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Amazon’s Mechanical Turk System

mechanical-turk

There’s a tendency nowadays to throw automation at everything. Especially in problems involving machine learning and data science.

But sometimes, crowdsourcing human labor may be just as, or even more effective. For example, we human beings are very good at processing images and videos. Computers are not that good. Yet. (Good thing too, otherwise we’d probably be slaves to our computer overlords!)

As a result, many systems involving crowdsourcing have been developed. Perhaps the most famous of these is Amazon’s Mechanical Turk system. You’re probably familiar with it. And you might have even used it yourself!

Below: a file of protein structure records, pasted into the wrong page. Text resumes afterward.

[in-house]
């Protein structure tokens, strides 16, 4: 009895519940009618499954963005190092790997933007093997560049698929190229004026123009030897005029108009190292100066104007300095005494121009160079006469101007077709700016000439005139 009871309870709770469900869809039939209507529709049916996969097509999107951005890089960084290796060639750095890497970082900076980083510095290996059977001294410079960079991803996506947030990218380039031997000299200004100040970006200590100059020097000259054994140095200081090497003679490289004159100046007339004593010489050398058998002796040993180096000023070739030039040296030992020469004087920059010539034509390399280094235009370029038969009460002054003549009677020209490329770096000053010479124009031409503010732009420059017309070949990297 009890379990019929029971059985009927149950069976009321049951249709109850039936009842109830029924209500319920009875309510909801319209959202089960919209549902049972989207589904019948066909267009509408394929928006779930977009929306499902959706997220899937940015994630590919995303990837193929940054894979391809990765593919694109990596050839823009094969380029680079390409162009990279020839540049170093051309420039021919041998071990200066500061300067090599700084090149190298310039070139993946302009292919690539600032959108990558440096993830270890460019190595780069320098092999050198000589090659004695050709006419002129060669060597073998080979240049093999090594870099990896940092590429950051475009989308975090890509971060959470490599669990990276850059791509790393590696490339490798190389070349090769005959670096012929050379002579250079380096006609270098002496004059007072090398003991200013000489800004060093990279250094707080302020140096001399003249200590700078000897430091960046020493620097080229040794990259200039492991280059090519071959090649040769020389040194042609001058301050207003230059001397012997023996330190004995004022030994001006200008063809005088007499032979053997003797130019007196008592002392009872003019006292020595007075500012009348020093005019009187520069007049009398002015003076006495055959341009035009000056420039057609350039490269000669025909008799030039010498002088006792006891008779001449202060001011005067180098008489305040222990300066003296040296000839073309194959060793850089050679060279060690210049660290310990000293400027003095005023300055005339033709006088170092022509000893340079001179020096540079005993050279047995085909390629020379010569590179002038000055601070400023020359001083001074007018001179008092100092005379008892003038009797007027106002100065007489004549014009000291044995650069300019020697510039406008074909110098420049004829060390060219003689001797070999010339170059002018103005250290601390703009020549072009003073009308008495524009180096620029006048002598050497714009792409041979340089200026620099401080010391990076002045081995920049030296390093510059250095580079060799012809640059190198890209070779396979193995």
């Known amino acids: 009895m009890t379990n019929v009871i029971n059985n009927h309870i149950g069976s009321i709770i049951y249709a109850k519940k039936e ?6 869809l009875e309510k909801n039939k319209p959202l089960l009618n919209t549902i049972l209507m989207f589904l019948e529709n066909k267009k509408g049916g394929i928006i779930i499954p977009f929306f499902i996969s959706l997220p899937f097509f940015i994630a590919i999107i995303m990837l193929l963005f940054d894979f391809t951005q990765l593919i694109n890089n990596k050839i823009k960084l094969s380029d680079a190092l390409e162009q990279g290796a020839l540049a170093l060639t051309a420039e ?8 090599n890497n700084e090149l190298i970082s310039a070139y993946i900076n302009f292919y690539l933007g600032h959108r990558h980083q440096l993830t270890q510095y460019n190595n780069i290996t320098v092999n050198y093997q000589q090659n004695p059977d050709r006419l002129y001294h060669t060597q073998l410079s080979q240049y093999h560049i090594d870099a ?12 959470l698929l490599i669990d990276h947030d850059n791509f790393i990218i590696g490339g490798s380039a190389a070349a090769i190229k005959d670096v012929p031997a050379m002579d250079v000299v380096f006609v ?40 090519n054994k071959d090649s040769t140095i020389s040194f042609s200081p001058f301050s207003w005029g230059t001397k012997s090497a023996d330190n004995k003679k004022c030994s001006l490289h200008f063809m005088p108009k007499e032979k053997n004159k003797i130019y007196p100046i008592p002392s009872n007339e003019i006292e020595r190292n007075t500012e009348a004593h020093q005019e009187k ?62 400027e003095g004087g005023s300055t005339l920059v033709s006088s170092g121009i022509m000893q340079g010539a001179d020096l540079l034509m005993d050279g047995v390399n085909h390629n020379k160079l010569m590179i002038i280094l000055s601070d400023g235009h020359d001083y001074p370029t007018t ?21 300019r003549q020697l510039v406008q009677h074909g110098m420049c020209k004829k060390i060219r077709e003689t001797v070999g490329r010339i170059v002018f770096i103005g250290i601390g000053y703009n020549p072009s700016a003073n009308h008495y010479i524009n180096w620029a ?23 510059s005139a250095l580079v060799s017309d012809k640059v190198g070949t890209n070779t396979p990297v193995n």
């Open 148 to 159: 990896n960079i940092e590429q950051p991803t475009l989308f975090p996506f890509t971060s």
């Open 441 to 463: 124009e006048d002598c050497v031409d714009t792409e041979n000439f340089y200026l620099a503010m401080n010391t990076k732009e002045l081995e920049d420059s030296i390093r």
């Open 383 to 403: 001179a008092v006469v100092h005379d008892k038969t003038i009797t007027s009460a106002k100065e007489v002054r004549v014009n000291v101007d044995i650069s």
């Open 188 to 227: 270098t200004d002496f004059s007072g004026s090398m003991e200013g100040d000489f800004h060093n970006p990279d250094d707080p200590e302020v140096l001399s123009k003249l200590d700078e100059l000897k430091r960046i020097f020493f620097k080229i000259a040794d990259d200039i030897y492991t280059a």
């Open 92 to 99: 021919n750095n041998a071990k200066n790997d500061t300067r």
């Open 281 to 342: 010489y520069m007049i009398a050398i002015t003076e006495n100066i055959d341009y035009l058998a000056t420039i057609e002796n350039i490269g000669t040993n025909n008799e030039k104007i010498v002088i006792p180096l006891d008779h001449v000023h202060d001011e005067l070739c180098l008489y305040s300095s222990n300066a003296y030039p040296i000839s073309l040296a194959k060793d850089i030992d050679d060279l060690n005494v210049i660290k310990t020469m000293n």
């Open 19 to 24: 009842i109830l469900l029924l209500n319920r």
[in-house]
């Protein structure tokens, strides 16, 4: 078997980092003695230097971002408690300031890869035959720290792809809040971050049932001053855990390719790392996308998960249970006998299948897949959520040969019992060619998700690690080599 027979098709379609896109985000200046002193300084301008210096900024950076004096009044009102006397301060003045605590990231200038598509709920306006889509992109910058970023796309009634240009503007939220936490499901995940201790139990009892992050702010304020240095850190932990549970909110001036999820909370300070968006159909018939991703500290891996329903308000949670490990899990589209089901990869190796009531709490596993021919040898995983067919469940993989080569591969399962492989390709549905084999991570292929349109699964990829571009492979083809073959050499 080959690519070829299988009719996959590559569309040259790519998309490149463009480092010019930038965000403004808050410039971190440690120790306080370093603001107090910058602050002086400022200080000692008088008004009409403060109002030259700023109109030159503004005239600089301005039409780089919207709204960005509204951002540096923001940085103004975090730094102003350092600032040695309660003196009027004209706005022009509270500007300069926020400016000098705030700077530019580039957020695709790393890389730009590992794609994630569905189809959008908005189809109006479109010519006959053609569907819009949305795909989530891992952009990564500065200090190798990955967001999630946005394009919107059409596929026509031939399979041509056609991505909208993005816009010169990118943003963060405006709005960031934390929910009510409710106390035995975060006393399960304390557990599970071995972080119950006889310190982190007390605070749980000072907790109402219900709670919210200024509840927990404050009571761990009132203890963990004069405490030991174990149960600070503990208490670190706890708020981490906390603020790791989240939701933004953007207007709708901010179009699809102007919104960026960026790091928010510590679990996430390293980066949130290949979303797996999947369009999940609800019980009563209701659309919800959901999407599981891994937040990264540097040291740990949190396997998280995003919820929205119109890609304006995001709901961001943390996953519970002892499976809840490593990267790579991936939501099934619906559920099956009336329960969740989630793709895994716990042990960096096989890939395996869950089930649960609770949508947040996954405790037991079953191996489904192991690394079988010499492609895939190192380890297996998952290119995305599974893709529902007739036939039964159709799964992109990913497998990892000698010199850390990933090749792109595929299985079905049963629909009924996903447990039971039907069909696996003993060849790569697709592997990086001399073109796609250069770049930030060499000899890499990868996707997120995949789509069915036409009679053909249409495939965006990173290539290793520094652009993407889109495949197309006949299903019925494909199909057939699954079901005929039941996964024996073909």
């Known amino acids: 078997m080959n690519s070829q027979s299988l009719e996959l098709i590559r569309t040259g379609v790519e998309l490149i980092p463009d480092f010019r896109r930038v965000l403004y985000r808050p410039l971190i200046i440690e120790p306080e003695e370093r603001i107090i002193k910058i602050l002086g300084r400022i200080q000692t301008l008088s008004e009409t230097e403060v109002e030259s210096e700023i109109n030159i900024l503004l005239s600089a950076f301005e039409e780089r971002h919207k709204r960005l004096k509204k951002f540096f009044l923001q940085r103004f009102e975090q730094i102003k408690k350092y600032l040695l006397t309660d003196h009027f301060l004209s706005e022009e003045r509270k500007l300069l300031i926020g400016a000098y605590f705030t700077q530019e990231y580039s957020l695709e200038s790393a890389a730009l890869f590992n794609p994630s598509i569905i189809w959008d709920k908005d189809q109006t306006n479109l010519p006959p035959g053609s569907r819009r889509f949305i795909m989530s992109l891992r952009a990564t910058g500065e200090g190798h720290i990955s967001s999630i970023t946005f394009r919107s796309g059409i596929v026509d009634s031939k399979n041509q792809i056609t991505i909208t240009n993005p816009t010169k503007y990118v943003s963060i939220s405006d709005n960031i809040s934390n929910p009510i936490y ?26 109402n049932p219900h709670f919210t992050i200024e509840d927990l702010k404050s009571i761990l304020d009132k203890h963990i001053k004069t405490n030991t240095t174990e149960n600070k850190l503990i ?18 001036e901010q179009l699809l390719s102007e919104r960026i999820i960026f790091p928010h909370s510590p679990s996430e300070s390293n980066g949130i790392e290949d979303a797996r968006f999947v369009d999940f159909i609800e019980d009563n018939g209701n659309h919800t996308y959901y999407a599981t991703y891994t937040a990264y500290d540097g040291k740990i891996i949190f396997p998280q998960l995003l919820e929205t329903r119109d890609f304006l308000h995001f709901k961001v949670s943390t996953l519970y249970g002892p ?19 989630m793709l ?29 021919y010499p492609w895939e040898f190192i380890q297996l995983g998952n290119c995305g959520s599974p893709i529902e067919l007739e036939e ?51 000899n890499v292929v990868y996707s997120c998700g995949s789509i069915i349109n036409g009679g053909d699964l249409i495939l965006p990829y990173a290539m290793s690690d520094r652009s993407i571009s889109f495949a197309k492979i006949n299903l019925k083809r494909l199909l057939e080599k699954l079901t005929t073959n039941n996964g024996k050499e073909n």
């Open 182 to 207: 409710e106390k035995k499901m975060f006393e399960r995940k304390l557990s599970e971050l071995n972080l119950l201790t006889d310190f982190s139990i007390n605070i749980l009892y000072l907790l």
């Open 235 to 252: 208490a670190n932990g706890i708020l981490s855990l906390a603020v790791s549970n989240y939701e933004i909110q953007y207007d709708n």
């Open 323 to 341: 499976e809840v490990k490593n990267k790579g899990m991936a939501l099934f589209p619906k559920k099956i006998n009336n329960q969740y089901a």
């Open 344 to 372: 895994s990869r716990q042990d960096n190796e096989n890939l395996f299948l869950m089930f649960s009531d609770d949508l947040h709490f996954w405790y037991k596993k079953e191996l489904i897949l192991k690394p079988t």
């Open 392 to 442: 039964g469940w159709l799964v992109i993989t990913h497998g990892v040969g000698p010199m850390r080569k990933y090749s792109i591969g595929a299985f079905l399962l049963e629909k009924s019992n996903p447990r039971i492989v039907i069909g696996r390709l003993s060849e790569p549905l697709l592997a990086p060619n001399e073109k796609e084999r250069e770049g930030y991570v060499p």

However, to truly optimize your Mechanical Turk experience, you need to know exactly what kind of tasks such an approach is useful for. You also need to figure out what is a fair remuneration for your Turkers.

Edwin Chen has more to say about this subject. (Remember him? And his unique views on solving AI problems? I talked about this in an earlier article.) His insights on how to make this system work for you is well worth a read. Take a look.

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Bharat Ramakrishna

Blogger. Part-time mathematics enthusiast. Loves esoteric and quirky things. Bibliophile. Has a wide range of interests including playing chess and pool, juggling and creating puzzles of fiendish difficulty. Grammar Nazi.